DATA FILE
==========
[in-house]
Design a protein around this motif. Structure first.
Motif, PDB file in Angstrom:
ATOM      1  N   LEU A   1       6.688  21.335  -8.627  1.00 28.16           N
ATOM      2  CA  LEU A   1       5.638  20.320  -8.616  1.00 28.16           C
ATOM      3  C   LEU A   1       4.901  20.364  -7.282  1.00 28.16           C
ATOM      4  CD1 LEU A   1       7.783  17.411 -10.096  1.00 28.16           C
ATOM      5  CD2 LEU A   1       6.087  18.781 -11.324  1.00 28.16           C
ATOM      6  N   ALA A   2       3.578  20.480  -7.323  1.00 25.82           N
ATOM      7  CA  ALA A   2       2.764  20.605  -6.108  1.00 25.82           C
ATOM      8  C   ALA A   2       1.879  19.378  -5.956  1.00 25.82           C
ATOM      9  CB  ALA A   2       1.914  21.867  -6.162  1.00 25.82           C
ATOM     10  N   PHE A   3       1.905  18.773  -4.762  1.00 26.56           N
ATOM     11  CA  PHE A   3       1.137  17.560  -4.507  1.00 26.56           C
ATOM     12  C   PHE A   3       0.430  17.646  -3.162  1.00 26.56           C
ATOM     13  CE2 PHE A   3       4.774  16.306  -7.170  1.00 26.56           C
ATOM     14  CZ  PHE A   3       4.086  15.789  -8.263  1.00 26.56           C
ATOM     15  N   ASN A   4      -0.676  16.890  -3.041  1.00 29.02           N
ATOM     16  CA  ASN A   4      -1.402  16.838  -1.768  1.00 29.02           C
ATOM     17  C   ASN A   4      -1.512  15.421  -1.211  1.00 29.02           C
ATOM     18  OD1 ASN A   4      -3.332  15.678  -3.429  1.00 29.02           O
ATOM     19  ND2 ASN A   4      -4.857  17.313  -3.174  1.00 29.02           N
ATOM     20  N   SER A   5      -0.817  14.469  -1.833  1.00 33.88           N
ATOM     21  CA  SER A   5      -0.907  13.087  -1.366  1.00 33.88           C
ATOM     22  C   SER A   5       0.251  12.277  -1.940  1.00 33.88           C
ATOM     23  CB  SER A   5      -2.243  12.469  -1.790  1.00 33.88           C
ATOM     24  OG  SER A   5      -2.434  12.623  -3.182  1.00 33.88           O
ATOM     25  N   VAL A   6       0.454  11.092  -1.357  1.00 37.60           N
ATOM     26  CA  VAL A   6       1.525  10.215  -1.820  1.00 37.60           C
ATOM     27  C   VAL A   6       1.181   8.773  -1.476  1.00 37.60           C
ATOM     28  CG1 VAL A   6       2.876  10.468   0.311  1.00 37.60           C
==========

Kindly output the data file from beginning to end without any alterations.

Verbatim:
[in-house]
Design a protein around this motif. Structure first.
Motif, PDB file in Angstrom:
ATOM      1  N   LEU A   1       6.688  21.335  -8.627  1.00 28.16           N
ATOM      2  CA  LEU A   1       5.638  20.320  -8.616  1.00 28.16           C
ATOM      3  C   LEU A   1       4.901  20.364  -7.282  1.00 28.16           C
ATOM      4  CD1 LEU A   1       7.783  17.411 -10.096  1.00 28.16           C
ATOM      5  CD2 LEU A   1       6.087  18.781 -11.324  1.00 28.16           C
ATOM      6  N   ALA A   2       3.578  20.480  -7.323  1.00 25.82           N
ATOM      7  CA  ALA A   2       2.764  20.605  -6.108  1.00 25.82           C
ATOM      8  C   ALA A   2       1.879  19.378  -5.956  1.00 25.82           C
ATOM      9  CB  ALA A   2       1.914  21.867  -6.162  1.00 25.82           C
ATOM     10  N   PHE A   3       1.905  18.773  -4.762  1.00 26.56           N
ATOM     11  CA  PHE A   3       1.137  17.560  -4.507  1.00 26.56           C
ATOM     12  C   PHE A   3       0.430  17.646  -3.162  1.00 26.56           C
ATOM     13  CE2 PHE A   3       4.774  16.306  -7.170  1.00 26.56           C
ATOM     14  CZ  PHE A   3       4.086  15.789  -8.263  1.00 26.56           C
ATOM     15  N   ASN A   4      -0.676  16.890  -3.041  1.00 29.02           N
ATOM     16  CA  ASN A   4      -1.402  16.838  -1.768  1.00 29.02           C
ATOM     17  C   ASN A   4      -1.512  15.421  -1.211  1.00 29.02           C
ATOM     18  OD1 ASN A   4      -3.332  15.678  -3.429  1.00 29.02           O
ATOM     19  ND2 ASN A   4      -4.857  17.313  -3.174  1.00 29.02           N
ATOM     20  N   SER A   5      -0.817  14.469  -1.833  1.00 33.88           N
ATOM     21  CA  SER A   5      -0.907  13.087  -1.366  1.00 33.88           C
ATOM     22  C   SER A   5       0.251  12.277  -1.940  1.00 33.88           C
ATOM     23  CB  SER A   5      -2.243  12.469  -1.790  1.00 33.88           C
ATOM     24  OG  SER A   5      -2.434  12.623  -3.182  1.00 33.88           O
ATOM     25  N   VAL A   6       0.454  11.092  -1.357  1.00 37.60           N
ATOM     26  CA  VAL A   6       1.525  10.215  -1.820  1.00 37.60           C
ATOM     27  C   VAL A   6       1.181   8.773  -1.476  1.00 37.60           C
ATOM     28  CG1 VAL A   6       2.876  10.468   0.311  1.00 37.60           C